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…and knock them down!

Positioning is vital in Atlas Reactor, but more for the reasons positioning is important in a chess game, rather than how it’s important in a game of XCOM. In more than one way, Atlas Reactor plays exactly like chess, except the pieces are capable of exploding. You often look two or three turns ahead, maybe even five or six. You constantly change your tactics depending on how your enemies maneuver, and thinking of doing the most damage in whatever round you happen to be in at the moment is significantly less useful than attempting to damage someone badly three rounds later. Taking out a pawn because it happens to be sitting there, taunting you, is not going to win the game. This is most obvious once that pawn links it’s lifeforce to yours and sucks you dry.

Each character you play will have a variety of different tactics and play styles broken down between the damage dealers, the damage soakers, and the supports. The characters in each category have a completely different way of achieving their goals, and you’ll be in trouble if you decide because someone is in the category designed for soaking damage that it merely means you have plenty of health. Often, it’s more that the character has abilities that can allow for immunities, regeneration, or mitigation of damage from one particular enemy instead of all of them. Supports might be based around healing, impairing the enemy, or making all your teammates really, really angry.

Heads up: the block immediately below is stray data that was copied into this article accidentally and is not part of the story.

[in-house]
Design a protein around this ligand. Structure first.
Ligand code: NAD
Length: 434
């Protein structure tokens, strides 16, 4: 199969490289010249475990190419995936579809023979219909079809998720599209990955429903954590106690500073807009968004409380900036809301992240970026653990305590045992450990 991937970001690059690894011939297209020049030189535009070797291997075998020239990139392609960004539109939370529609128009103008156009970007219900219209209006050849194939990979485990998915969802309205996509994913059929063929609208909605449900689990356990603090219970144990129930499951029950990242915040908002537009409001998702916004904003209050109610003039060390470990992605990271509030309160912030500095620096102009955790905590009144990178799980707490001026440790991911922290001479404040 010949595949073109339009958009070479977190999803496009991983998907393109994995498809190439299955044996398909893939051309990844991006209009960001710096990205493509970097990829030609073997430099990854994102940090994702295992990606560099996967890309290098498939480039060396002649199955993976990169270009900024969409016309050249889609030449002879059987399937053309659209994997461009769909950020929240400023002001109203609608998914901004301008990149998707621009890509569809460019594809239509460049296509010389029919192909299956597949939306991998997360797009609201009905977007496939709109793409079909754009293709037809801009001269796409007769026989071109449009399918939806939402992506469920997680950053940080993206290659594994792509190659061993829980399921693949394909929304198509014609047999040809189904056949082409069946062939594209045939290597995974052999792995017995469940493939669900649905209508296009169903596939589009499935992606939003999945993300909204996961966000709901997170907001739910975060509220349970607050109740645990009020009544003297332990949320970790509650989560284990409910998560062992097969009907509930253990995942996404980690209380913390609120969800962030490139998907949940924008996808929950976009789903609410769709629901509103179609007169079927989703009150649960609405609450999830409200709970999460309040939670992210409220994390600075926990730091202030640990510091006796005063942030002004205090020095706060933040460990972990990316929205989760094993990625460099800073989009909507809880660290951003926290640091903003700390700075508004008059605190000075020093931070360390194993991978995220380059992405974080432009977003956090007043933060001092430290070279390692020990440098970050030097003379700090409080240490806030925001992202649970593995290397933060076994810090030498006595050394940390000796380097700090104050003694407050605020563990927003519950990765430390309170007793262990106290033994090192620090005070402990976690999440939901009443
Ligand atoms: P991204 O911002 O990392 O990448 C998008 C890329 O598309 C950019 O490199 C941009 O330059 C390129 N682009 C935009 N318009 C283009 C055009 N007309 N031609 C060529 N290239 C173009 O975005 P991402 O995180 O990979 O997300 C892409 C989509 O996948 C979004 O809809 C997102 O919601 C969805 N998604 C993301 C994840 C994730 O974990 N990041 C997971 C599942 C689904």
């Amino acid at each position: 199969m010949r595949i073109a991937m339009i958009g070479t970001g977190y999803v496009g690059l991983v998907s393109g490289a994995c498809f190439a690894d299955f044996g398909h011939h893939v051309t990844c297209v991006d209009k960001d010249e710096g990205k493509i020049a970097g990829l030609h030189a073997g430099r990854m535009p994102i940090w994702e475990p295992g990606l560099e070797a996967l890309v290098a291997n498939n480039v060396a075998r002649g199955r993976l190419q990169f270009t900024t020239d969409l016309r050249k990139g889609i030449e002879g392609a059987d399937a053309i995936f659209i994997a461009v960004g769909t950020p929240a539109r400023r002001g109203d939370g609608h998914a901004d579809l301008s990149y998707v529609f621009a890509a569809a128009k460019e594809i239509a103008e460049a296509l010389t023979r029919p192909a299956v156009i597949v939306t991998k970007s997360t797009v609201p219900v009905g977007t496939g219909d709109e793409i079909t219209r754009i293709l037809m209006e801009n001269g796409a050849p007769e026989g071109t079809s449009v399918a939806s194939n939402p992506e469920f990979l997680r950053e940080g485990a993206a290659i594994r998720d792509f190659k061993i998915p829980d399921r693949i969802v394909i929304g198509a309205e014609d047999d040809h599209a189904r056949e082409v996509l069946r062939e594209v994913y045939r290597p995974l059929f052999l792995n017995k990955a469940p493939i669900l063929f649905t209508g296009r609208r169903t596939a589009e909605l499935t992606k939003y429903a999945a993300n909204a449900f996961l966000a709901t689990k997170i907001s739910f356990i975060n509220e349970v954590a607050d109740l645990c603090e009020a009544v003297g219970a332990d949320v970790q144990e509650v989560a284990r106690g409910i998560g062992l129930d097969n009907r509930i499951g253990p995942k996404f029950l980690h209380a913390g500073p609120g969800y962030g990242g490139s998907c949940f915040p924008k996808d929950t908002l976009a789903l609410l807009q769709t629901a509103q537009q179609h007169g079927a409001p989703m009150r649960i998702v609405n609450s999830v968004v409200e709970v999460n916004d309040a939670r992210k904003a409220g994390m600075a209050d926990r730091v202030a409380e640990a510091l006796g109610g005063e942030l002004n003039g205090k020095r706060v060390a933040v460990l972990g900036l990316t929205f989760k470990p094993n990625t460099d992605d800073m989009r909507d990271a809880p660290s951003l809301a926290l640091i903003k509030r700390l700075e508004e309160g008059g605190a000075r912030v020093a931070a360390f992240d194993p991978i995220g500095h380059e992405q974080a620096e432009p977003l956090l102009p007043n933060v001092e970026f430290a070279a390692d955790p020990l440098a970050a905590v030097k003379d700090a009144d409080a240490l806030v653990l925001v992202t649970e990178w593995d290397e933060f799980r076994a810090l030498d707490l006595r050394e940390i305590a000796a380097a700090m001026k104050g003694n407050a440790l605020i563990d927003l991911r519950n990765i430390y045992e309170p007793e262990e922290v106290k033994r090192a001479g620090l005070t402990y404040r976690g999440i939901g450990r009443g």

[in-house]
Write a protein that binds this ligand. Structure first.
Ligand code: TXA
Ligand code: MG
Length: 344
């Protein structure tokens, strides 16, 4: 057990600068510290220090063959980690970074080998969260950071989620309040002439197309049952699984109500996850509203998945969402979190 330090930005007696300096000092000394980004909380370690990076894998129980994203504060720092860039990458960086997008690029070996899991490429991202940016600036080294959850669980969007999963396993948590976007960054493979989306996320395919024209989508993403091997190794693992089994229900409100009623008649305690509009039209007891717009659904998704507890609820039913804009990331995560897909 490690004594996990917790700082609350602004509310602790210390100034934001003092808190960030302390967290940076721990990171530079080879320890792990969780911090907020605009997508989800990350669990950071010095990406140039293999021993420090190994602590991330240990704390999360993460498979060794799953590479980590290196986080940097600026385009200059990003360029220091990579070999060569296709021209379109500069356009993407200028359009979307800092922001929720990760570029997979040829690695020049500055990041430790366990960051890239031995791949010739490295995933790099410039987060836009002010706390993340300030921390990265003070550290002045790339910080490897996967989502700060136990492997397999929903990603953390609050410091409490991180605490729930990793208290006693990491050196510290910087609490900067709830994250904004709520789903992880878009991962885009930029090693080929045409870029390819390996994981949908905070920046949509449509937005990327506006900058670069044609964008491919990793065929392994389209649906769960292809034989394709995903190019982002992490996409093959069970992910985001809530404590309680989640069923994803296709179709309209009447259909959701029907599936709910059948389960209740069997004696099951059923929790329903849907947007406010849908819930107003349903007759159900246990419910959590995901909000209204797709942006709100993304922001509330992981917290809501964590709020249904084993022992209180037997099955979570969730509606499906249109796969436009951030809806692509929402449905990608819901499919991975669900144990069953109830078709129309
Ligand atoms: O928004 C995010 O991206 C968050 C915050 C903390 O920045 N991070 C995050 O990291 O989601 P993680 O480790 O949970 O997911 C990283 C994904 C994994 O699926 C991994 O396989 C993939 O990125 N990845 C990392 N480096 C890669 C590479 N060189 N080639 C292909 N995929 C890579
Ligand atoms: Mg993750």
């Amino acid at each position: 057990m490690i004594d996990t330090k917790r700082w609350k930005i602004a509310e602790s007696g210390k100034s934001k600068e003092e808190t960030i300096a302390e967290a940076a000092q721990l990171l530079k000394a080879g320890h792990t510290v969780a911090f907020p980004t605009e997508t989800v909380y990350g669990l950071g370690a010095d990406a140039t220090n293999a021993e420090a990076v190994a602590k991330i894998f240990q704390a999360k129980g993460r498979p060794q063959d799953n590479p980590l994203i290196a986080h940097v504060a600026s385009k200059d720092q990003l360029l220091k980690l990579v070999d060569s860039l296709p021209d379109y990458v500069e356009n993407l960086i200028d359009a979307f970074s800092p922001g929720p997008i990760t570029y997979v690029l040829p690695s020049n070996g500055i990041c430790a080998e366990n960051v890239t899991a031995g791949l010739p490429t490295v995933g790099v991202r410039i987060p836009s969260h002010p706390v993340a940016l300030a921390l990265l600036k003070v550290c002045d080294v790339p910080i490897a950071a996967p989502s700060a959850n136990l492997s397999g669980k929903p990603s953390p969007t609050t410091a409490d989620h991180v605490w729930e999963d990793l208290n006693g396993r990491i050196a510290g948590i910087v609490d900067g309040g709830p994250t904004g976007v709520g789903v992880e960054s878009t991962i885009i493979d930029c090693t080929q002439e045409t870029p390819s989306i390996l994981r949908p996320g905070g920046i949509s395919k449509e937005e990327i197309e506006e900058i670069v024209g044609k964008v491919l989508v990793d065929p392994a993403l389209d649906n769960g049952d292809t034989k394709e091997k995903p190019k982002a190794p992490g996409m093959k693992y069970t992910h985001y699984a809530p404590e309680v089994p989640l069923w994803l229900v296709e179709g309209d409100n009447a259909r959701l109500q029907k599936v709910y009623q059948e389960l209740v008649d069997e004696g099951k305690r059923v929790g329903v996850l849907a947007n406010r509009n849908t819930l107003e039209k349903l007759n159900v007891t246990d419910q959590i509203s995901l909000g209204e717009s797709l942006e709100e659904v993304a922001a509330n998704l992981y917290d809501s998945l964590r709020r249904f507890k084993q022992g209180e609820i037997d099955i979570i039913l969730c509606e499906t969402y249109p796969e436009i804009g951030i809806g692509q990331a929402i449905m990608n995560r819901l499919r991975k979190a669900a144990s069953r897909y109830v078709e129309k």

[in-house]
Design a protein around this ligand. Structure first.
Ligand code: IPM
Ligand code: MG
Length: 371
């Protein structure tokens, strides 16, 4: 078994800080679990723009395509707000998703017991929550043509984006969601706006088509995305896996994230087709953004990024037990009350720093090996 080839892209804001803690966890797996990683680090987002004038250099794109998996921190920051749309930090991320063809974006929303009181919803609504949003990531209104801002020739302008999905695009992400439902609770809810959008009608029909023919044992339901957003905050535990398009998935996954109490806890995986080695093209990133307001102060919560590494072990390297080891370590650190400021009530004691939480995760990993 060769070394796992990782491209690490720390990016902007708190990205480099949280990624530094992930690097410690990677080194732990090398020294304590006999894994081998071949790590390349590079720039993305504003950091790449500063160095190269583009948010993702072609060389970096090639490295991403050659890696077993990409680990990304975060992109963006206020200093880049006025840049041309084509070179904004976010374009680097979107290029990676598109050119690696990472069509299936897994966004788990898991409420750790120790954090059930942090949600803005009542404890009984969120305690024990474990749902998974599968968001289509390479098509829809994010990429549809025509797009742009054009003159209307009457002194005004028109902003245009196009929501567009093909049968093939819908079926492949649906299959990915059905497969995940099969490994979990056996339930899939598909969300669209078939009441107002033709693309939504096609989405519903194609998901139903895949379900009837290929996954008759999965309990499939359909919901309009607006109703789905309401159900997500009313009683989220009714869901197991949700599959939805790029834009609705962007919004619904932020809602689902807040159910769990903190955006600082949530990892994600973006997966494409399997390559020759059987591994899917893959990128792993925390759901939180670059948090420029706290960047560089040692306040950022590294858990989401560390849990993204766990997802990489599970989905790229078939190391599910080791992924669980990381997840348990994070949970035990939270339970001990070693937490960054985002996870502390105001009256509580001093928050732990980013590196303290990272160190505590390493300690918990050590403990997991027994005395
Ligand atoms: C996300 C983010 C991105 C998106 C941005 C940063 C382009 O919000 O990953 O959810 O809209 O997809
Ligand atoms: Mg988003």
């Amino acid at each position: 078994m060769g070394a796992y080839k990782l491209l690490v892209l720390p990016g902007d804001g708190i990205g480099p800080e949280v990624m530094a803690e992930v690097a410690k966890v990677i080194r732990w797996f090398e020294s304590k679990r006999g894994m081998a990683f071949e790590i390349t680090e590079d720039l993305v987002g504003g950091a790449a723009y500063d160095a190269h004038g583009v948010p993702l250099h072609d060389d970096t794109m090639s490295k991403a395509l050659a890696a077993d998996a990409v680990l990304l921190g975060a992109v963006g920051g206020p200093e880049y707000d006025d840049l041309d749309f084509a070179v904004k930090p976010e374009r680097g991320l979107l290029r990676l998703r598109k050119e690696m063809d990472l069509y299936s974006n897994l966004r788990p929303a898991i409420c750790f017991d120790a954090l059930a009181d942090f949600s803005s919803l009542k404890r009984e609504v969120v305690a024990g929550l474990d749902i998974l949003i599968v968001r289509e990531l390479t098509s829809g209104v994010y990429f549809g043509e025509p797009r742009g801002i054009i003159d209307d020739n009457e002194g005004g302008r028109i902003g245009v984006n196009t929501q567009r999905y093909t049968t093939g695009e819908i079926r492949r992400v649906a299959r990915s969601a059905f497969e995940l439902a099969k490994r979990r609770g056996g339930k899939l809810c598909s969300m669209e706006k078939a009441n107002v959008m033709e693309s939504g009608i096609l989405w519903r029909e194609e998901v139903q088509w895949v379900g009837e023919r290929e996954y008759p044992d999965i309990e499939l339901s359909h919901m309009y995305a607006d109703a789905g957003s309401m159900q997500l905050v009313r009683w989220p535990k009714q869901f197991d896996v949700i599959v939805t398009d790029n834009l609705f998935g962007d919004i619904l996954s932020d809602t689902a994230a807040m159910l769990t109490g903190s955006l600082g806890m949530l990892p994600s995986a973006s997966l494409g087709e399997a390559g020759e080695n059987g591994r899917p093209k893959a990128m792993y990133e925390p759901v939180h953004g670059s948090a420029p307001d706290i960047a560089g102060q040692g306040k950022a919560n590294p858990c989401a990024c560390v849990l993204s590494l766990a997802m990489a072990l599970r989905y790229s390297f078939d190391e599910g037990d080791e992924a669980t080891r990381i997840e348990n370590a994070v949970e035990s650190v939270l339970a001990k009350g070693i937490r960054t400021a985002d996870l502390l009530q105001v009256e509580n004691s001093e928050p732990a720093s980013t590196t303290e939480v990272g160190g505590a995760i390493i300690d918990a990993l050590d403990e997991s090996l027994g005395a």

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That’s right. If the machines rise, I’ll save all of you. I can beat video game AI.

Beyond that, there are multiple levels of progression. When you play a particular character multiple times, you’ll level them up, unlocking modifiers for your abilities, as well as skins, colors, banners, and even taunts. In addition to all this, you’ll level your profile, increasing your abilities and in-game currency for purchasing cosmetic items you might want. Leveling your profile even tells more of Atlas Reactor‘s story, giving you missions to fulfill for extra experience in order to progress down the chapters. These missions are often simple objectives, such as playing a nuclear robot dog for a few matches, giving you objectives to increase replayability.